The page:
Situated just north east of Oslo, Hauger’s 18-hole golf course is yet another modern classic from the drawing board of Jeremy Turner, the golf architect with an ever-increasing portfolio of first class Scandinavian courses.
Turner laid out Hauger in 1988 on rolling parkland, incorporating some exciting elevation changes into the design. Comparatively tight initially, with trees lining the fairways of the opening few holes, the course then opens out over the gently undulating terrain for the remainder of the round. Ponds come into play at a handful of holes but not to an overbearing extent.
Thrilling elevated tee shots at the par four 1st and par three 5th holes are highlights on the front nine – the opening drive is across a small pond to a fairway which kinks right to a green with four guarding bunkers whilst the short hole on 5 has a pond in front and sand to the left for added protection.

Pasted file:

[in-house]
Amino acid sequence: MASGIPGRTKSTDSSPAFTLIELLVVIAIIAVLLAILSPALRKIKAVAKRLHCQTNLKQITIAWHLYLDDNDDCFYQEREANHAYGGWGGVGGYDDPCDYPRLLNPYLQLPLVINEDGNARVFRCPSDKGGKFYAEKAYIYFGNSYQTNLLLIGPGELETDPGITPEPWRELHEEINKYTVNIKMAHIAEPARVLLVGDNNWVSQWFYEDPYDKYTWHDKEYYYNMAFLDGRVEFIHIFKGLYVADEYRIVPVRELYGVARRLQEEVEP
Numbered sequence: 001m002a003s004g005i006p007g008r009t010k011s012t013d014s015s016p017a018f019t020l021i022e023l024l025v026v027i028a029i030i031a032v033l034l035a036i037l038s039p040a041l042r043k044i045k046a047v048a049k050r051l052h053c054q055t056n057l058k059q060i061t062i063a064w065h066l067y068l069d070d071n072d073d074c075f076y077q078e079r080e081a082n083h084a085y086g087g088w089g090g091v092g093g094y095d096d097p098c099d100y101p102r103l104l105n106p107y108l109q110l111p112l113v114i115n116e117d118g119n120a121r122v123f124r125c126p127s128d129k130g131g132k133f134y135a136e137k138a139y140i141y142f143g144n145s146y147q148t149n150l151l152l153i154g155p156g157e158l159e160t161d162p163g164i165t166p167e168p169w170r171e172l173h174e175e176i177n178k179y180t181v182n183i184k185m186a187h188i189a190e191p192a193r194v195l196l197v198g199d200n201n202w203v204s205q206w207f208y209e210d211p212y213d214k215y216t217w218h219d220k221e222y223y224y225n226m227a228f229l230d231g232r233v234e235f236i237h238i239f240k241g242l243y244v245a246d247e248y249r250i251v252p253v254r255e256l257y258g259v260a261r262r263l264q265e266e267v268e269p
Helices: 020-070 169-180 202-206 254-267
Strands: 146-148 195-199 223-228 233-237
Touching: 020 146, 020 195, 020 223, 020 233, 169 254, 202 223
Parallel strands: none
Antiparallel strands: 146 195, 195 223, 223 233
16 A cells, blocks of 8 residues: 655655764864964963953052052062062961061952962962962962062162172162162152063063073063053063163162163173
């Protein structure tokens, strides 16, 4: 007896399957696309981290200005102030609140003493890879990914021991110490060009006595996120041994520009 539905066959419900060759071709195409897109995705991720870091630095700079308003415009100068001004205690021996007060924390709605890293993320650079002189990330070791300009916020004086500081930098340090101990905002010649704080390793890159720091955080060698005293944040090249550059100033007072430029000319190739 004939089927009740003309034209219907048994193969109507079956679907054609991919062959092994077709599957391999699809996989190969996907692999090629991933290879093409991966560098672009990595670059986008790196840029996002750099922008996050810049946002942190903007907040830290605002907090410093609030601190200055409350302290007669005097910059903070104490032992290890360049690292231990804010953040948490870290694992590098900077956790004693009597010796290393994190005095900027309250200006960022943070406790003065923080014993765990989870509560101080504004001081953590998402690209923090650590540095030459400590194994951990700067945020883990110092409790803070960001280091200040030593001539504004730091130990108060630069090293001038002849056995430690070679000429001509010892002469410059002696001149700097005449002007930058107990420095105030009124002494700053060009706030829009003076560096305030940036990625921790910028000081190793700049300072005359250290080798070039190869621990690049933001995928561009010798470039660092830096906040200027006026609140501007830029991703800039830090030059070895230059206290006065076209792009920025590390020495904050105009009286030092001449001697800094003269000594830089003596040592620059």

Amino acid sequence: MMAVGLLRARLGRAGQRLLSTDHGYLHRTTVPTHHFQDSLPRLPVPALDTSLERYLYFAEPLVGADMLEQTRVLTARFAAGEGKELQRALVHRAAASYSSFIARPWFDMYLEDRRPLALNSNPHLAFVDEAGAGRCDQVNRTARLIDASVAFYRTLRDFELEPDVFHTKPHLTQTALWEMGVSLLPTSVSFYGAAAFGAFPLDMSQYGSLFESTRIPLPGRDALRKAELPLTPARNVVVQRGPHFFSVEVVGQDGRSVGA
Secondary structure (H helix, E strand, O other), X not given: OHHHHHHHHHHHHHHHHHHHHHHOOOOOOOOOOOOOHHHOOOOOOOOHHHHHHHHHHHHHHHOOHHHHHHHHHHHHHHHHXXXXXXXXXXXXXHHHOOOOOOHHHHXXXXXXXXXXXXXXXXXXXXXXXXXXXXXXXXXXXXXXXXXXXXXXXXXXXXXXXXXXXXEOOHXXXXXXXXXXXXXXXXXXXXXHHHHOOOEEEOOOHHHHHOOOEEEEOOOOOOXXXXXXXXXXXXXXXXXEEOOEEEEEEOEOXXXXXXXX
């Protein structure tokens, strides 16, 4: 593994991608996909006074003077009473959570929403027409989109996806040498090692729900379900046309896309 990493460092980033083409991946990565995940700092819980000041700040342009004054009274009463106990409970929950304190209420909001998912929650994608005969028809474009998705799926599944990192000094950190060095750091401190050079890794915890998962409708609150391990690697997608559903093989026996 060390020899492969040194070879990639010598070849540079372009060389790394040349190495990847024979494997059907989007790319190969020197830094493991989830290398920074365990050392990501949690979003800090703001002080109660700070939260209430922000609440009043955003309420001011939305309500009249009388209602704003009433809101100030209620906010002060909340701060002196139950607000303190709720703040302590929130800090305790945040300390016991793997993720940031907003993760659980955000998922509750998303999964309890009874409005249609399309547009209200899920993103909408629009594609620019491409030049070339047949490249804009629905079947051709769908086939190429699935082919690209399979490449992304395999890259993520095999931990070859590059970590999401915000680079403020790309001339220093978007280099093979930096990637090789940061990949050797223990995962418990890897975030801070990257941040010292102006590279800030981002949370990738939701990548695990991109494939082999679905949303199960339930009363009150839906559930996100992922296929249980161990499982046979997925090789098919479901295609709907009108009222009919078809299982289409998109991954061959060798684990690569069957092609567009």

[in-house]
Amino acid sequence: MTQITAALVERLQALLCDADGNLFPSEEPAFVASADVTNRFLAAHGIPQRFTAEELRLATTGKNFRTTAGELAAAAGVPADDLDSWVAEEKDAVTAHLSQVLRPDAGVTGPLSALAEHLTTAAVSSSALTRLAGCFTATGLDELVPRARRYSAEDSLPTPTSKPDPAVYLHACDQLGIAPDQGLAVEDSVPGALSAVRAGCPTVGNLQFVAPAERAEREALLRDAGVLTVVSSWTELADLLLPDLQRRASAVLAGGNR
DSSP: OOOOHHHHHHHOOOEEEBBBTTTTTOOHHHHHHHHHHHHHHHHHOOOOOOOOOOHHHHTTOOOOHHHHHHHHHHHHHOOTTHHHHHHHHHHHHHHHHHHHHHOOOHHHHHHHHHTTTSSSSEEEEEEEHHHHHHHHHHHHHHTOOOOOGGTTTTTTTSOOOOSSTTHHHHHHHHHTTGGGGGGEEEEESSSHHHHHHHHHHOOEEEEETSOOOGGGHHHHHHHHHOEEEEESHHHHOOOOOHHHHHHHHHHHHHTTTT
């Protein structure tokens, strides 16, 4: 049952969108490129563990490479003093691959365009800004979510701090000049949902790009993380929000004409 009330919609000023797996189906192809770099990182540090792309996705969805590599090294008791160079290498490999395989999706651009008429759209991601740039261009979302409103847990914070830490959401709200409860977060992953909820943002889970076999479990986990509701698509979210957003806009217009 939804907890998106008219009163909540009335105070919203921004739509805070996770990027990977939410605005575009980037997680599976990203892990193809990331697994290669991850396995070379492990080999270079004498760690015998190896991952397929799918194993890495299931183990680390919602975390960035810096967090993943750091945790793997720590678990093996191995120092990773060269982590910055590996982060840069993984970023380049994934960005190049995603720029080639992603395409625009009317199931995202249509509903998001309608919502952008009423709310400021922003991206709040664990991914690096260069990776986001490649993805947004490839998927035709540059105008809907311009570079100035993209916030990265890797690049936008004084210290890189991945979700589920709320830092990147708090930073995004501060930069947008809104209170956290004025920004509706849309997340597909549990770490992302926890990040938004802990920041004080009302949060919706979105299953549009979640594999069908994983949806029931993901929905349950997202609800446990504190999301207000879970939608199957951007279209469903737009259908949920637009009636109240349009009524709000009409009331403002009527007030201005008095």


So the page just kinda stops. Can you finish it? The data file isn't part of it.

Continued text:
On the inward half, the hardest hole is the very long par four 13th – all of 480 yards – which plays uphill all the way from tee to green. The drive must be threaded between a large grass bank on the left and trees on the right of the fairway before approaching the elevated green. Two mighty blows are required here to have any chance of par!
Hauger is a quite hilly "parkland" course based in a nice farmland area outside of Oslo. The overall experience has a rural feel to it with the traditional farm buildings that surround the area. The course is in very good condition over the summer months, and has a challenging and varied design. For me it's not in the "top drawer" of courses in the Oslo area, but still well worth a visit if you're nearby.